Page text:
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Product Details

  • Release Date: 10/11/2011
  • UPC: 024543749349
  • Original Release: 2011
  • Rating:

  • Source: Fox Searchlight
  • Region Code: 1
  • Aspect Ratio: Theatre Wide-Screen (1.85.1)
  • Presentation: 3-Disc Blu-ray + DVD + Digital Copy
  • Sound: Dolby Digital Stereo, Dolby Digital 5.1 Surround
  • Language: English
  • Time: 2:19:00
  • Format: Blu-ray
  • Sales rank: 8,740

Cast & Crew

Performance Credits
Brad Pitt Mr. O'Brien
Sean Penn Jack O'Brien
Jessica Chastain Mrs. O'Brien
Hunter McCracken Young Jack
Laramie Eppler R.L.
Tye Sheridan Steve
Fiona Shaw Grandmother
Jessica Fuselier Guide
Nicolas Gonda Mr. Reynolds
William Wallace Architect
Kelly Koonce Father Haynes
Bryce Boudoin Robert
Jimmy Donaldson Jimmy
Kameron Vaughn Cayler
Cole Cockburn Harry Bates
Dustin Allen George Walsh
Brayden Whisenhunt Jo Bates
Joanna Going Jack's Wife
Irene Bedard Messenger
Finnegan Williams Jack at 2
Michael Koeth Jack at 5
John Howell R.L. at 2
Samantha Martinez Samantha
Savannah Welch Mrs. Kimball
Tamara Jolaine Mrs. Stone
Julia Smith Beth
Anne Nabors Rue
Christopher Ryan Prisoner
Tyler Thomas Tyler Stone
Michael Showers Mr. Brown
Kim Whalen Mrs. Brown
Margaret Ann Hoard Jane
Wally Welch Clergyman
Hudson Long Mr. Bagley
Michael Dixon Dusty Walsh
William Hardy Jack's Work Colleague
Tommy Hollis Tommy
Cooper Franklin Sutherland Robert #2
John Cyrier Biplane Pilot
Erma Lee Alexander Erma
Nicholas Yedinak Nicholas Swimmer
Claire Oelkers Organist Double
Thomas Pavlechko Hand Double for Mr. Pitt
Technical Credits
Terrence Malick Director, Screenwriter
Bobby Bastarache Asst. Director
Craig Berkey Sound/Sound Designer
Ivan Bess Associate Producer
Vicky Boone Casting
Hank Corwin Editor
Alexandre Desplat Score Composer
Joel Dougherty Sound Editor
Jack Fisk Production Designer
Dede Gardner Producer
Roanna Gillespie Musical Direction/Supervision
Nicolas Gonda Co-producer
Sarah Green Producer
Grant Hill Producer
Emmanuel Lubezki Cinematographer
Francine Maisler Casting
Brad Pitt Producer
Bill Pohlad Producer
Jay Rabinowitz Editor
Daniel Rezende Editor
Donald Rosenfeld Executive Producer
Sandhya Shardanand Associate Producer
Billy Weber Editor
Jacqueline West Costumes/Costume Designer
Joerg Widmer Cinematographer
Mark Yoshikawa Editor
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Scene Index

Disc #1 -- Tree of Life
1. The Two Ways [4:10]
2. Grief [7:02]
3. The City [8:26]
4. Creation [17:17]
5. Innocence [11:39]
6. Jack is now 12 [6:47]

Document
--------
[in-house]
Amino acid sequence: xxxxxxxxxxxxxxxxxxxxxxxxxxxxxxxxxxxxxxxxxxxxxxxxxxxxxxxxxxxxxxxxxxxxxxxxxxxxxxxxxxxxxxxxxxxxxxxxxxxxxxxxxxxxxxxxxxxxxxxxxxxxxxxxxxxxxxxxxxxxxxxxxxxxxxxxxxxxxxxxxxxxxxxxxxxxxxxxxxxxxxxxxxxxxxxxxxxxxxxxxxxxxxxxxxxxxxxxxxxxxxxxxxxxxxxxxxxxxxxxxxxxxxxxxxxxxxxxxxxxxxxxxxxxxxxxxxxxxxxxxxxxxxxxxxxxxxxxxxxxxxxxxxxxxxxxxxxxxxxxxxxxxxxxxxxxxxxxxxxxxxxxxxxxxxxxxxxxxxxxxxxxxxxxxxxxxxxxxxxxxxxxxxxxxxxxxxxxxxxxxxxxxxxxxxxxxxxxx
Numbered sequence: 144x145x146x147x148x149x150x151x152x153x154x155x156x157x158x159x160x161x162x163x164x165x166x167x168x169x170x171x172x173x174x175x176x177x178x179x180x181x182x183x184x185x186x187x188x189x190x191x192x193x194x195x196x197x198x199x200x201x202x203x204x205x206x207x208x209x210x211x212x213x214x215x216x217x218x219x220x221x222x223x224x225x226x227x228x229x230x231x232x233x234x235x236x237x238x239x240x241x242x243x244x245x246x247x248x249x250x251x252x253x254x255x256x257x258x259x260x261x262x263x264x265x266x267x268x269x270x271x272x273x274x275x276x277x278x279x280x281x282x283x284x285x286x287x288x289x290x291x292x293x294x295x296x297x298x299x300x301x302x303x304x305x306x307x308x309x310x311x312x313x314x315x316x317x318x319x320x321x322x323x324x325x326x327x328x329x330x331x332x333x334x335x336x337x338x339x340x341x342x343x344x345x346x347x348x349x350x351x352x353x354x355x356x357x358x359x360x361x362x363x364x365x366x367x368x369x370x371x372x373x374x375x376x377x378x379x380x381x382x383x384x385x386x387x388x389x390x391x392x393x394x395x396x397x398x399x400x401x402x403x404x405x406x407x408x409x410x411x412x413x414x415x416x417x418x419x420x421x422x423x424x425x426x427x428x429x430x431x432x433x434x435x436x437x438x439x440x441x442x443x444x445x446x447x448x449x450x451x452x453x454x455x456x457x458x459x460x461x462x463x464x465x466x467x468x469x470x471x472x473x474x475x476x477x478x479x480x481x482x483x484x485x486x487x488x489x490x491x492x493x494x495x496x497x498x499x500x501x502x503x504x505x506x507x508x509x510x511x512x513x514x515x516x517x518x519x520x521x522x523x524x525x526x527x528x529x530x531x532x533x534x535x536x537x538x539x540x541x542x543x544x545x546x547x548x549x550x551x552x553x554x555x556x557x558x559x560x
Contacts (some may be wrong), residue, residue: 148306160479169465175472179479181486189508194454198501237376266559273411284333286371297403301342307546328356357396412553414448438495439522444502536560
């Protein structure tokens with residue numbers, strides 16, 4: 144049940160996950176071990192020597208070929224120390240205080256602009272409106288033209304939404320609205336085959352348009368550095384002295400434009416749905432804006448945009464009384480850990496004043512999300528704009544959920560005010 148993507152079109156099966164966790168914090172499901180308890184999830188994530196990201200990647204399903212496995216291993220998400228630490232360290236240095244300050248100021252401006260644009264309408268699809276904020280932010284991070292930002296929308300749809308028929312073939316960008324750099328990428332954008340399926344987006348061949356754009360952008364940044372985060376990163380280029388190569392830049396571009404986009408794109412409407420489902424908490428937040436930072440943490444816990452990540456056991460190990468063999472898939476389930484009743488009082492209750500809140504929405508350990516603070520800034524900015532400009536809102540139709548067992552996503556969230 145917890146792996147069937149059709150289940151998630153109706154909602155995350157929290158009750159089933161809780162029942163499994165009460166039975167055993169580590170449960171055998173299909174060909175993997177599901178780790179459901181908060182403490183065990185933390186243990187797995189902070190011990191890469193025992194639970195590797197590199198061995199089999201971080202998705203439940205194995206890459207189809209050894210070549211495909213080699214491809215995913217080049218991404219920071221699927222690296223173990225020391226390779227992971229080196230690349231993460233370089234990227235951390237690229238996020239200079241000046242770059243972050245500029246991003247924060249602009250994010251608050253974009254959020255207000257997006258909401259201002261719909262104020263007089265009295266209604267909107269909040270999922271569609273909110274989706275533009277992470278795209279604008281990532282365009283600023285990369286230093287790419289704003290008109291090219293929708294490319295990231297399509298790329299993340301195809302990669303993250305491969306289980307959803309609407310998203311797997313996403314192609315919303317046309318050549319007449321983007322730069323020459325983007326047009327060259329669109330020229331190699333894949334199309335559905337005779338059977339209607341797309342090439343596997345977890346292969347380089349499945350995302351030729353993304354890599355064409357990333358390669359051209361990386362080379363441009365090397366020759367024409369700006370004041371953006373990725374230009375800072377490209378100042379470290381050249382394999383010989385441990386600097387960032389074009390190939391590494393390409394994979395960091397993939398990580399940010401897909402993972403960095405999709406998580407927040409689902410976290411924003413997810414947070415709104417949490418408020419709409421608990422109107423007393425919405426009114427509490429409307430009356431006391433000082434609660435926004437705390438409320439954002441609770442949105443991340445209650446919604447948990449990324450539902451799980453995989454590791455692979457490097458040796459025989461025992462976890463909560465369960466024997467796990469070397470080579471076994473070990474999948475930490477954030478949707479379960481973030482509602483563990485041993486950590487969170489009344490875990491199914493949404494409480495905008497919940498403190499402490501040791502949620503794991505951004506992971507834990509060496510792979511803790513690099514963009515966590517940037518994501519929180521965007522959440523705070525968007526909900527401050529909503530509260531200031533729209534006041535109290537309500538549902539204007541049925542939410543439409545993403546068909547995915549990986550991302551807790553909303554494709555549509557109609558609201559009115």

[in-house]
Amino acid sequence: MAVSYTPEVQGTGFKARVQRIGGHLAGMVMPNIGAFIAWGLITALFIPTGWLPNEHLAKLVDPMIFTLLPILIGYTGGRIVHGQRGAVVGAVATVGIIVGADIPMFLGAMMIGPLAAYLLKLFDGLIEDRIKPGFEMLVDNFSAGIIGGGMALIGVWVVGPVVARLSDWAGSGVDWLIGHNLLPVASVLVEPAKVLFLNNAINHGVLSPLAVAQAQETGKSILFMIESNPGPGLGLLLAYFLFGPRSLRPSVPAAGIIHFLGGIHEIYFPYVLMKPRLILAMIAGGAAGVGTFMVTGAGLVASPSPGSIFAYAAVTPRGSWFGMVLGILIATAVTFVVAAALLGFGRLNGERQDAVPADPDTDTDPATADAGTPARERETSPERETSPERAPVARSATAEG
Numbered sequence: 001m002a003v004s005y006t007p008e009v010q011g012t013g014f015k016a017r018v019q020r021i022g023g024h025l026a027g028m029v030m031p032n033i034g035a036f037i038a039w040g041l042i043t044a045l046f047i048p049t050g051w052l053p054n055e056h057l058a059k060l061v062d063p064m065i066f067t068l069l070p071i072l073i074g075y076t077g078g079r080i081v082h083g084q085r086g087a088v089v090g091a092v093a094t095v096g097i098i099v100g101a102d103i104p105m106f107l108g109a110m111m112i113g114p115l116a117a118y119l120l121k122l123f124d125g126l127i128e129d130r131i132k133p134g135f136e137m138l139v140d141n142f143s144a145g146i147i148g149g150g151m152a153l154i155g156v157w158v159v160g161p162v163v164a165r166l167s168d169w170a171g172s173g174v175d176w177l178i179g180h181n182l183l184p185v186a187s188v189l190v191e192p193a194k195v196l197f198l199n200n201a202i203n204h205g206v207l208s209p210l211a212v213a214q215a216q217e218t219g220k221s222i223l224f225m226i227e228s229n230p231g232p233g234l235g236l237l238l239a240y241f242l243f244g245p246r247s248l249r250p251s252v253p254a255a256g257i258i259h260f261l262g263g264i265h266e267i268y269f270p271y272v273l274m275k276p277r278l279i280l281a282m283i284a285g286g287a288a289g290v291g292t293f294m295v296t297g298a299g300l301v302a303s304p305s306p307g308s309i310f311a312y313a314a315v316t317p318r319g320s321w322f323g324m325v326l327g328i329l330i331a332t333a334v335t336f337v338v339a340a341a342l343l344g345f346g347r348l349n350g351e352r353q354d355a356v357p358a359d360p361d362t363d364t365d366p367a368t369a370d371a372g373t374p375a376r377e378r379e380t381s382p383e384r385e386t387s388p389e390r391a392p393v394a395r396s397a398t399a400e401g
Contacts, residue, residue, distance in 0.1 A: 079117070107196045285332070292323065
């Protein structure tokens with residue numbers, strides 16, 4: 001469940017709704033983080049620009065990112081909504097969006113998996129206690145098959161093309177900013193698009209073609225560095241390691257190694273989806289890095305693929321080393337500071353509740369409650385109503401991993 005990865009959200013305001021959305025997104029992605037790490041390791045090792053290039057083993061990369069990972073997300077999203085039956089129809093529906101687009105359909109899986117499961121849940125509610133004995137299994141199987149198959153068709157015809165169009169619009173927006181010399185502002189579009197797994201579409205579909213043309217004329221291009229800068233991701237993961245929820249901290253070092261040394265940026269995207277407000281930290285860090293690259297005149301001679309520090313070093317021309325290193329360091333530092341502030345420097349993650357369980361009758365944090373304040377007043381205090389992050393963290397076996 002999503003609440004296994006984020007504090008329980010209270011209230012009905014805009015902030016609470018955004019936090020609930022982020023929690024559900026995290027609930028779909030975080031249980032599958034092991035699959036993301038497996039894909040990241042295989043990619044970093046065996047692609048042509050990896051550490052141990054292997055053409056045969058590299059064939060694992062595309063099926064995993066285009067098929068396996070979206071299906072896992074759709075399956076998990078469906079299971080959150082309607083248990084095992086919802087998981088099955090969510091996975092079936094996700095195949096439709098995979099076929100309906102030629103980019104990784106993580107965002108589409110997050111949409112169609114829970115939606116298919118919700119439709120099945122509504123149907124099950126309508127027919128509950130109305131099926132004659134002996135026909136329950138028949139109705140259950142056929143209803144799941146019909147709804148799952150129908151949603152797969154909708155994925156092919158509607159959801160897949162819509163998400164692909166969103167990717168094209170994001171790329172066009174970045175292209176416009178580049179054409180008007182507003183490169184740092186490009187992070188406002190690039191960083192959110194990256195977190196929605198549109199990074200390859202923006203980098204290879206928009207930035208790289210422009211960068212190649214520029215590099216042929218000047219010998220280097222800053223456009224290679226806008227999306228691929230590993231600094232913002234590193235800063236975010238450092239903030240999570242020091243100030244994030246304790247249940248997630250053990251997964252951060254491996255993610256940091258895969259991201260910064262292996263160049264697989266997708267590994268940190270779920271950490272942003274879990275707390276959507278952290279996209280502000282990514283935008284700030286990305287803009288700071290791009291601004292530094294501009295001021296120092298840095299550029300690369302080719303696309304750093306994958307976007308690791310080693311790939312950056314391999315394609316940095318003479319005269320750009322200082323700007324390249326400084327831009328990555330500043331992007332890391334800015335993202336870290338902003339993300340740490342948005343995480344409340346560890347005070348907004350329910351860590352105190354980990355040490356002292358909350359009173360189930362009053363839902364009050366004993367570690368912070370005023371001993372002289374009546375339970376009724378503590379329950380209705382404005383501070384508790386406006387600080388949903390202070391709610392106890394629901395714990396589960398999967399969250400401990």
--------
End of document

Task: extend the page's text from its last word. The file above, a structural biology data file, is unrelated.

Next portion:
7. Mother [3:23]
8. Father [10:37]
9. School [1:24]
10. Drowning [4:56]
11. Weeds [4:00]
12. "Be Quiet" [5:09]
13. Dad's Away [1:31]
14. Robert [3:59]
15. Mrs. Kimball [6:43]
16. "I Trust You" [2:28]
17. I Do What I Hate [1:52]
18. Father Returns [5:32]
19. BB Gun [6:49]
20. "They're Closing the Plant" [4:14]
21. Moving Away [2:31]
22. Eternity [11:04]
23. Was it a Dream? [1:14]
24. End Titles [5:49]
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Menu

Disc #1 -- Tree of Life
   Play
   Set Up
      Audio
         English 5.1 Dolby Digital
         English 2.0 Dolby Surround
      Subtitles
         English For The Deaf and Hard of Hearing
         EspaƱol
         Subtitles: None
   Scenes
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Customer Reviews

Average Rating 4
( 10 )
Rating Distribution

5 Star

(6)

4 Star

(1)

3 Star

(2)

2 Star

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1 Star

(1)

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Sort by: Showing all of 10 Customer Reviews
  • Posted September 9, 2011

    more from this reviewer

    Unceasing Brilliance

    The Tree of Life is without a doubt, one of the best films ever made. It allows us to watch, and develop connections with the most Average of characters, no Super Heroes, no Aliens, just real people, some might complain the "Birth of The Cosmos" part is a tad off kilter but it fits trust me, we see Humanity as the main focus, but are at the same time amazed by how little we are in the Grand Scheme of the Universe. Every shot of this film feels like it should belong in a Museum or in classes where Cinematogrophers demonstrate the best possible way to shoot a film. The story is Visionary, in so many ways its impossible to name them all. I know I probably sound like some Fanatic, as I know some dismiss this film as "Self Absorbed" or "Pretensious" I'm not quite sure what human being could concieve of calling this film those words, except perhaps one of Immense Stupidity who only values passing entertainment. That's probably one of the reasons why this film wasn't a huge success, you know? Last time I checked it had grossed around 40 million and cost 30 million to make, that's ten million bucks which is nice but obviously not the best it could've done, and nowhere near to the Big Box office films this year like "Stranger Tides" and "Dark of The Moon" Its really too bad, that people will watch films like those and then dismiss this as pretensious, when those films I mentioned are really much more pretensious than this film. Whereas the popular Popcorn fare assumes it knows what the audience wants, this film doesn't. It's more of a film beconning you to come take a look and meditate upon the deep seated Philosophical questions of life, tell me which sounds more important? Whether you think this film is a Deep question, or just Religious Propaganda(trust me some people say so) it all depends on you. I mean we all pretty much know what Transformers "Meant" dont we? This is a film that challenges you to decide. Which inevitably leads to some comparing it to 2001, which if you've read my review of that you know I found it just about Average, this film on the other hand is well above average, and I hope and pray it is within you to enjoy it - CM

    2 out of 2 people found this review helpful.